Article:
The cash budget is a written plan that details the receipt and payments of cash. Companies create this budget to determine if they will have a surplus or deficit for the upcoming year. A cash budget deficit indicates the need for external financing to pay operational or other expenses. The cash budget typically includes all activities within a company.
Cash receipts show the money collected from sales. Copious sales do not always indicate the account of cash a company will receive. Selling goods and services on credit will result in accounts receivable. The cash collected from open accounts receivable is what goes on the cash budget. The historical collection rate from open accounts will help companies determine this figure. For example, companies may estimate cash receipts equal 80 percent of monthly credit sales.
The cash budget typically has three groups of payments: inventory purchases, operational expenses and equipment acquisition. Each line will list the expected cash payments for the corresponding category. Only payments during the budget period will go on the budget. Companies will again use historical figures to estimate these payments. Accountants will sum all payment categories and then deduct the total from expected cash receipts. The difference represents a budget surplus or deficit.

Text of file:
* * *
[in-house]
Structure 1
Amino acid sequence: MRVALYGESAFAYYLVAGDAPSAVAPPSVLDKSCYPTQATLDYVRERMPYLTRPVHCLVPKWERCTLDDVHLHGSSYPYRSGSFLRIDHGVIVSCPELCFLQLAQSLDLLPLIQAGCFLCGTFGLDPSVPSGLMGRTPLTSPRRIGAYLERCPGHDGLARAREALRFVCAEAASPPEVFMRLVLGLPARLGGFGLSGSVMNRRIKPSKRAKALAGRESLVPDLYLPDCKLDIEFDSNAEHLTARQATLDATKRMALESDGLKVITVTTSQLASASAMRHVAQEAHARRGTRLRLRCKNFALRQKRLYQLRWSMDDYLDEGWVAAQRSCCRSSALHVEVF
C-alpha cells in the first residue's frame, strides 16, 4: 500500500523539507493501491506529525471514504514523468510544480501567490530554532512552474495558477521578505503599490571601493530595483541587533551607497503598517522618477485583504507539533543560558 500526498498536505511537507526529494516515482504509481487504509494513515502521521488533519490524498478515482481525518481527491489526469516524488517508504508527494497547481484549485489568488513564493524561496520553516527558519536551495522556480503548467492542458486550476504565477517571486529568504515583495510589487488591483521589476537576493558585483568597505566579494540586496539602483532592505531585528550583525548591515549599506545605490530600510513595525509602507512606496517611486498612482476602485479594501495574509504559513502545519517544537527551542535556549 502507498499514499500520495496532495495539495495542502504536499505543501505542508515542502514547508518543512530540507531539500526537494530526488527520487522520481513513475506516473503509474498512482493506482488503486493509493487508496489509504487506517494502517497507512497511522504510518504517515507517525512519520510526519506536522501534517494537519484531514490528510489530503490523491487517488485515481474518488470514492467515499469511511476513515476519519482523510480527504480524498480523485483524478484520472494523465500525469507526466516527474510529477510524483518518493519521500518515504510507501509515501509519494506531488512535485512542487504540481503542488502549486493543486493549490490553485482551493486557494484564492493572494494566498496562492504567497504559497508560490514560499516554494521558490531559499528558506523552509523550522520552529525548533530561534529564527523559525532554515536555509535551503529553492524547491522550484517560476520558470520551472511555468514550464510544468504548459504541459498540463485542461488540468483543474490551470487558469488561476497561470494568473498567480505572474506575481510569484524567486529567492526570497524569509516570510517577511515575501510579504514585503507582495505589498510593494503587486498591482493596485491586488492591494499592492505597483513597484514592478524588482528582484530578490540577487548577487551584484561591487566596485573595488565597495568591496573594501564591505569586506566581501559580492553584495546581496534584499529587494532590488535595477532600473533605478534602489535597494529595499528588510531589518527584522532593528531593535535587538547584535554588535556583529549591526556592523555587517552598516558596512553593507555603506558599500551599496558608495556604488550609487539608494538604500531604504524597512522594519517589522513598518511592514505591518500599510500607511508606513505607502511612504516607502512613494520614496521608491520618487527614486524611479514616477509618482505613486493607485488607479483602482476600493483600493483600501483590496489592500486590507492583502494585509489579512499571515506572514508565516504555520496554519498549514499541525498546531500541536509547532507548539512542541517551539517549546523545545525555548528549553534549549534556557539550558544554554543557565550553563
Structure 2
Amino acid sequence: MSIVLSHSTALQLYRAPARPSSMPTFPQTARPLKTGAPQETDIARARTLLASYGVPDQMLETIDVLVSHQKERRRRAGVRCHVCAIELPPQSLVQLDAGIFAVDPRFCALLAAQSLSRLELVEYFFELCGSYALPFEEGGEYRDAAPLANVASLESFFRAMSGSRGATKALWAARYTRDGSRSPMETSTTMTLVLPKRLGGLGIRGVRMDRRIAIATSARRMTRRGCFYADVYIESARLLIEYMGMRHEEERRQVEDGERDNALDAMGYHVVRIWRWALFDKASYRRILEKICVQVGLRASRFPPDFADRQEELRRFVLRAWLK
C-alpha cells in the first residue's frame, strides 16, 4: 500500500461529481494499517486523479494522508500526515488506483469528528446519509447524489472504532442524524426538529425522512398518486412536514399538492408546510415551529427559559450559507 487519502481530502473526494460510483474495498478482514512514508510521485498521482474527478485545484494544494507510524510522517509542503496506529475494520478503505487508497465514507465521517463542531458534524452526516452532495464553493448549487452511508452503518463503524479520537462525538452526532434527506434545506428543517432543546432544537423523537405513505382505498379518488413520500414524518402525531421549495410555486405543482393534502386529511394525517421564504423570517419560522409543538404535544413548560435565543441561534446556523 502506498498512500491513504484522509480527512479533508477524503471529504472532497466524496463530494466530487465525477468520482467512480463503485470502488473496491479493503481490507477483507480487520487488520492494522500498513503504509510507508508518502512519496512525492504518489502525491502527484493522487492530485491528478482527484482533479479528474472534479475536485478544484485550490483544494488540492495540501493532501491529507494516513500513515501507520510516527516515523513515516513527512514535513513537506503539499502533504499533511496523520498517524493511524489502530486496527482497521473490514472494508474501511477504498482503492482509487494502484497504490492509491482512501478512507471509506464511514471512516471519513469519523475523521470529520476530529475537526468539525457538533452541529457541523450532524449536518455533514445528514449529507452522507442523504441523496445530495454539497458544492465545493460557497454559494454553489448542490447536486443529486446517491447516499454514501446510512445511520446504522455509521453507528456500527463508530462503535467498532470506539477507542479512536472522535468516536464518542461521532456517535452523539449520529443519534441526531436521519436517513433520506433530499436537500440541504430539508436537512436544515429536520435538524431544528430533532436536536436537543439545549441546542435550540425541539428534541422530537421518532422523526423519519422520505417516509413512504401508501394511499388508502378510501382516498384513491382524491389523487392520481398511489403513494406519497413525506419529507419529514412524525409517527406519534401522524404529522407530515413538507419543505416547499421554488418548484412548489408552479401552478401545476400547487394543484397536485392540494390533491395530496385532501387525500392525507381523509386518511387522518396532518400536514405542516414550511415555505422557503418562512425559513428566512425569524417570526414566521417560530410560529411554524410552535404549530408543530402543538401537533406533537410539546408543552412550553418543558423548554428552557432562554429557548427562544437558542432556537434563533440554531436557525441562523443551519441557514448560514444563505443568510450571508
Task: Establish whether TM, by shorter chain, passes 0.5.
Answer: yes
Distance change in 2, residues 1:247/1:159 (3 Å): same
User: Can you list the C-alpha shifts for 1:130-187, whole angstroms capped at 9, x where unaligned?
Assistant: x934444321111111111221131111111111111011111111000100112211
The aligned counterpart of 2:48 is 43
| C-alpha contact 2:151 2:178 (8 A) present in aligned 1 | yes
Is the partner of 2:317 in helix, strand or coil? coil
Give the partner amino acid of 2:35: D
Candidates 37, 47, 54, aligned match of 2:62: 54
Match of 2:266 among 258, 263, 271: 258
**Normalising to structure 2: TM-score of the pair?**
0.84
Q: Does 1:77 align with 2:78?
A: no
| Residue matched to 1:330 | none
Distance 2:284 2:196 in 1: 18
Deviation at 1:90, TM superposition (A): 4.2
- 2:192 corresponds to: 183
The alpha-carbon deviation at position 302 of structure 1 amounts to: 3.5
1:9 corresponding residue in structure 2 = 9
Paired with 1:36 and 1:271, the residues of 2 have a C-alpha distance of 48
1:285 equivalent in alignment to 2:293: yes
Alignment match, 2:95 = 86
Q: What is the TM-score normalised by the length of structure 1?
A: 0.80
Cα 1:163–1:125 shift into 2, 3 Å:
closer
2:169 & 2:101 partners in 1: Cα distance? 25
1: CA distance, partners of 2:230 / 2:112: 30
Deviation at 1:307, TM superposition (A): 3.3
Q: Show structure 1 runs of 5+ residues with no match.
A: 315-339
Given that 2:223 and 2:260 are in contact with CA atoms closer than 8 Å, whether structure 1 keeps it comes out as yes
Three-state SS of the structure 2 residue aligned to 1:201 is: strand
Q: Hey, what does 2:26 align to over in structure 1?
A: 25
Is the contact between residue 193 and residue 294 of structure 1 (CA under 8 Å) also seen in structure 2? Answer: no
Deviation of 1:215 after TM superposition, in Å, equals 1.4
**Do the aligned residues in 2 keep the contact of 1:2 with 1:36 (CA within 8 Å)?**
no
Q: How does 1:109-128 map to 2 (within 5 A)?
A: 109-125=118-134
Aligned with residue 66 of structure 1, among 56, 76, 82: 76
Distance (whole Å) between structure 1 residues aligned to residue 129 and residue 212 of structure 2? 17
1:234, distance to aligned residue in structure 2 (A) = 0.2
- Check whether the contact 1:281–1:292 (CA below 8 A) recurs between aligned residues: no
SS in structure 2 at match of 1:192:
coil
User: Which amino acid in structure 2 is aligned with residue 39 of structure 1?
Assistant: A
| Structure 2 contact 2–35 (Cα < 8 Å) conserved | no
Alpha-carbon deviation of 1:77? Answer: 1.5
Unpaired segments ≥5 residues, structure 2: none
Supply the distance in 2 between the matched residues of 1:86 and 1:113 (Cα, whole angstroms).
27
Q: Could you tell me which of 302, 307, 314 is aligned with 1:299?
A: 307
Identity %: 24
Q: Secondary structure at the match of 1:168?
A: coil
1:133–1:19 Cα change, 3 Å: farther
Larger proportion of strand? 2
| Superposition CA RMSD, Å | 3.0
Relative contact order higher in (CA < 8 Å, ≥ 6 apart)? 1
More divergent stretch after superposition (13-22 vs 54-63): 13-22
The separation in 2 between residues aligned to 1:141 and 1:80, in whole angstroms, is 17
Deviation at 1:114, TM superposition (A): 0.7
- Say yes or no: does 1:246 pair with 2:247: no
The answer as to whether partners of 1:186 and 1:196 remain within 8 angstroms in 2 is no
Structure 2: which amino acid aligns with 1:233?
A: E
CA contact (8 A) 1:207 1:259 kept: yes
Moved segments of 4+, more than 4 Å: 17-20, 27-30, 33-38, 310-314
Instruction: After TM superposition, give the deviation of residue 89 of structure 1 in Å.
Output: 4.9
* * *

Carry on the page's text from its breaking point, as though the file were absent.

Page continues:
When companies experience a cash budget deficit, they look to outside financing to make up this difference. Accountants will report the deficit to management and seek their advice for covering the difference. Companies often have multiple sources of financing. Short-term deficits can require the use of a credit line or bank loan. Accountants will need to include the interest expense in their calculations to determine how the borrowed funds affect future cash flow.
Companies can prepare a cash budget for individual department and divisions within their operations. This provides for a deeper analysis into the use of cash in a company. The master cash budget is then the aggregate totals from each smaller budget. Companies may prepare multiple budgets in order to limit their outside funding to only those departments with the greatest deficits. Surpluses from one department can help offset deficits in others, requiring less financing.
- "Accounting"; Charles T. Horngren, et al.; 2007
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